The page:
I am trying to build an AES file encrypt/decrypt. I have used some neat tutorials and guides and I am wondering what the difference is between
An AES key should consist of bytes that are indistinguishable from random to an attacker. Some keys, such as DES and triple DES keys, are not fully random and therefore need to be generated by a
KeyGenerator (although, for DES, many implementations simply ignore the parity bits and allow random values as well). Random symmetric keys can however also be created by directly using
SecretKeySpec and using it as a
SecretKey. This is a useful shortcut, but beware that it may not be compatible with key generation or storage in hardware (HSM, smart card).
If you create keys randomly on the spot or if you use static keys depends on your key management scheme. Key management is one of the most important hardest things to do correctly for any encryption scheme. "Hard coding" the key in the application sources is of course less safe than generating or storing the key securely. It is usually only performed if there is no other way, or for testing / demonstration purposes. How you handle key management is completely up to the use case; there is no "best" without knowing how and for what the keys are utilized. For instance, Duncan's random key generation is of little use if you cannot retrieve the key value later on.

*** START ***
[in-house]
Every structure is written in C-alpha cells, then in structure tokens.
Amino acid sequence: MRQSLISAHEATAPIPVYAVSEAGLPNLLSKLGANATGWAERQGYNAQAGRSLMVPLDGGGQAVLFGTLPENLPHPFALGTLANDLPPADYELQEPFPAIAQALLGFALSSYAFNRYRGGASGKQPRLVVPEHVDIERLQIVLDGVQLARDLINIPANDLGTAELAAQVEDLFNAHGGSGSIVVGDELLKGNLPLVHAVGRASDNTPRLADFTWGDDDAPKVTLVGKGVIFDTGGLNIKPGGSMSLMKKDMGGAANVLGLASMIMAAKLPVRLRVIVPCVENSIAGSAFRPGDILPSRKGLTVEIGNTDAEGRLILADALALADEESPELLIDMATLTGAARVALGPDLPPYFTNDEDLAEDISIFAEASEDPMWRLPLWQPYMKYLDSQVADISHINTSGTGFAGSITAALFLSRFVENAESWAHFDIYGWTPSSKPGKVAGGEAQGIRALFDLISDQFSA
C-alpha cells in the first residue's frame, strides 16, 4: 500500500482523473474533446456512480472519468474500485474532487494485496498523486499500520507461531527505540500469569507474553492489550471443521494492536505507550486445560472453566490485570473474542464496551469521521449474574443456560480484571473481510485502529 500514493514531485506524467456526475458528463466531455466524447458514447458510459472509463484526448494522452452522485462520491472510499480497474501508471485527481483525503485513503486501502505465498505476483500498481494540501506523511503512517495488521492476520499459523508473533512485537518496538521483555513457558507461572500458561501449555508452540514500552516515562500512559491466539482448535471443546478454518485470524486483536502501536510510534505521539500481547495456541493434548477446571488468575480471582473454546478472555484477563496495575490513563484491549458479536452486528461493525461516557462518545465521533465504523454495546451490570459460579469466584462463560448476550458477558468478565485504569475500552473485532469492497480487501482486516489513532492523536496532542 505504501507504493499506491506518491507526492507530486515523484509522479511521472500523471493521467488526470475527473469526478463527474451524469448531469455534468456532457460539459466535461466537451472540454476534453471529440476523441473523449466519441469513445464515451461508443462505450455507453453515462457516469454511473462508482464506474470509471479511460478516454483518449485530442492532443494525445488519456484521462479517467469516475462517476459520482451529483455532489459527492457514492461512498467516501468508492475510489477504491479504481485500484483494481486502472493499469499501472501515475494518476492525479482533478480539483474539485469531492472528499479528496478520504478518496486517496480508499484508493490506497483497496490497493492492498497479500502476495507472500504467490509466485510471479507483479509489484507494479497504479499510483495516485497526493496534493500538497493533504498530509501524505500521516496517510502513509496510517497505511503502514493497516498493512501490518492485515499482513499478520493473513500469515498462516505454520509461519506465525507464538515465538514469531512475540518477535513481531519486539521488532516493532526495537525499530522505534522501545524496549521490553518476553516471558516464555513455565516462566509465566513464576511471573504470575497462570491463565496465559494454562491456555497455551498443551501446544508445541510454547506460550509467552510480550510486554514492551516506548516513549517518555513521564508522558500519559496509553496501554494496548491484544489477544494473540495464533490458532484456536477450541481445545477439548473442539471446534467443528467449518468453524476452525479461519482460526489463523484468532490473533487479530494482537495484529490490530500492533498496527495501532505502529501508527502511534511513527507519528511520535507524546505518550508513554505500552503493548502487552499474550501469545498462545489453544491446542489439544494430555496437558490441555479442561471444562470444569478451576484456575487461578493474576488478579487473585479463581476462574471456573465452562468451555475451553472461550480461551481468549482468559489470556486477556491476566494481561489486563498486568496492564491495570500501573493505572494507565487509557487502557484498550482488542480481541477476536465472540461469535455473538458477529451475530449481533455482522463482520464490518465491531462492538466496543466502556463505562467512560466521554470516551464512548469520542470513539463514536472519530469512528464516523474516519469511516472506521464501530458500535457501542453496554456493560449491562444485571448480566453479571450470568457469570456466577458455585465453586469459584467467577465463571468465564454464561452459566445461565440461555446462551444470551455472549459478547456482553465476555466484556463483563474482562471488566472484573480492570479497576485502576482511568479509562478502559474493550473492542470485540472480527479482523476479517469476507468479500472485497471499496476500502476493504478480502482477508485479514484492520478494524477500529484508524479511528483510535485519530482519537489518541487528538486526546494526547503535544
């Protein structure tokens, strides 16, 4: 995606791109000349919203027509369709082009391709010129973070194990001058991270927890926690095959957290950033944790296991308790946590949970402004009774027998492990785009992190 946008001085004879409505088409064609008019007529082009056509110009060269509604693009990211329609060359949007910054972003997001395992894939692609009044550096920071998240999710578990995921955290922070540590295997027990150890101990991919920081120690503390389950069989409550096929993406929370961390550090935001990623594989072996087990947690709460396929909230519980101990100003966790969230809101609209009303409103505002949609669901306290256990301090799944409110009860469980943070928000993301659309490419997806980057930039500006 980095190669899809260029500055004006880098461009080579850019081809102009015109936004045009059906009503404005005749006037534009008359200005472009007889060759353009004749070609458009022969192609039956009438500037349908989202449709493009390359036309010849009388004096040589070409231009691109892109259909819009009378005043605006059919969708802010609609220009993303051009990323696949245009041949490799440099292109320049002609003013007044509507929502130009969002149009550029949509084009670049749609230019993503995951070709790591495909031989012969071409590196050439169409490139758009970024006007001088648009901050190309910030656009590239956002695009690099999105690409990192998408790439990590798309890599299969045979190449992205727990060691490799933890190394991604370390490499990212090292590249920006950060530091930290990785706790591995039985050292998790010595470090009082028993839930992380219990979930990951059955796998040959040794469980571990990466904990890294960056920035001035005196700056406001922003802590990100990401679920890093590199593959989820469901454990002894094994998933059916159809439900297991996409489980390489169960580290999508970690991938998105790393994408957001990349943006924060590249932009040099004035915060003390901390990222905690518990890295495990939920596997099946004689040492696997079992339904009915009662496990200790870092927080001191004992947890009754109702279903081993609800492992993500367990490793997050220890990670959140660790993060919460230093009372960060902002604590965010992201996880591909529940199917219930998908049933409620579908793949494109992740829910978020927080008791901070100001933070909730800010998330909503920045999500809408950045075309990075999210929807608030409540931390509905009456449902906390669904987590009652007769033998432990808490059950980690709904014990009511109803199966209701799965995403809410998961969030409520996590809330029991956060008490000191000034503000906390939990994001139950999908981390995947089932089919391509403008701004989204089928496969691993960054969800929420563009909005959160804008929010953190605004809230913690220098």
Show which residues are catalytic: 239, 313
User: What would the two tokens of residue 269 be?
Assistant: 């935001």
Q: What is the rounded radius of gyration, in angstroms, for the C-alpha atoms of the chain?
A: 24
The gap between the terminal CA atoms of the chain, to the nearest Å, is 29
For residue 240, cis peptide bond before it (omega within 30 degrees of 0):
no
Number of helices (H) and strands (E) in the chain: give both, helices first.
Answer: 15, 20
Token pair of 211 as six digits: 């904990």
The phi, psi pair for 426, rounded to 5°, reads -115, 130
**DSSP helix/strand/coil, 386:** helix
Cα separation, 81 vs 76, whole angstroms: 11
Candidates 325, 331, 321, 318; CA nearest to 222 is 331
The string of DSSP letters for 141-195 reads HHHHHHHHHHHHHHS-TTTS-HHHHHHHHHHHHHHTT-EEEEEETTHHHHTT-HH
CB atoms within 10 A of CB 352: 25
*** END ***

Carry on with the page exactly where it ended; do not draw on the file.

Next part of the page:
Key is the base interface of
SecretKey generally consists of random bytes as indicated above.
PrivateKey are always part of an asymmetric key pair. Generally these kind of keys are based on number theory and they consist of multiple components. For instance an
RSAPublicKey consists of both the modulus and the public exponent (as
As for which you need: choose the one that makes most sense at a particular location, using the highest level interface that still fits your need. For instance you'd only need
RSAPublicKey to get RSA specific properties such as the modulus. Otherwise you might as well use
PublicKey variables that also accepts
ECPublicKey. That way you can make your code (relatively) algorithm agnostic.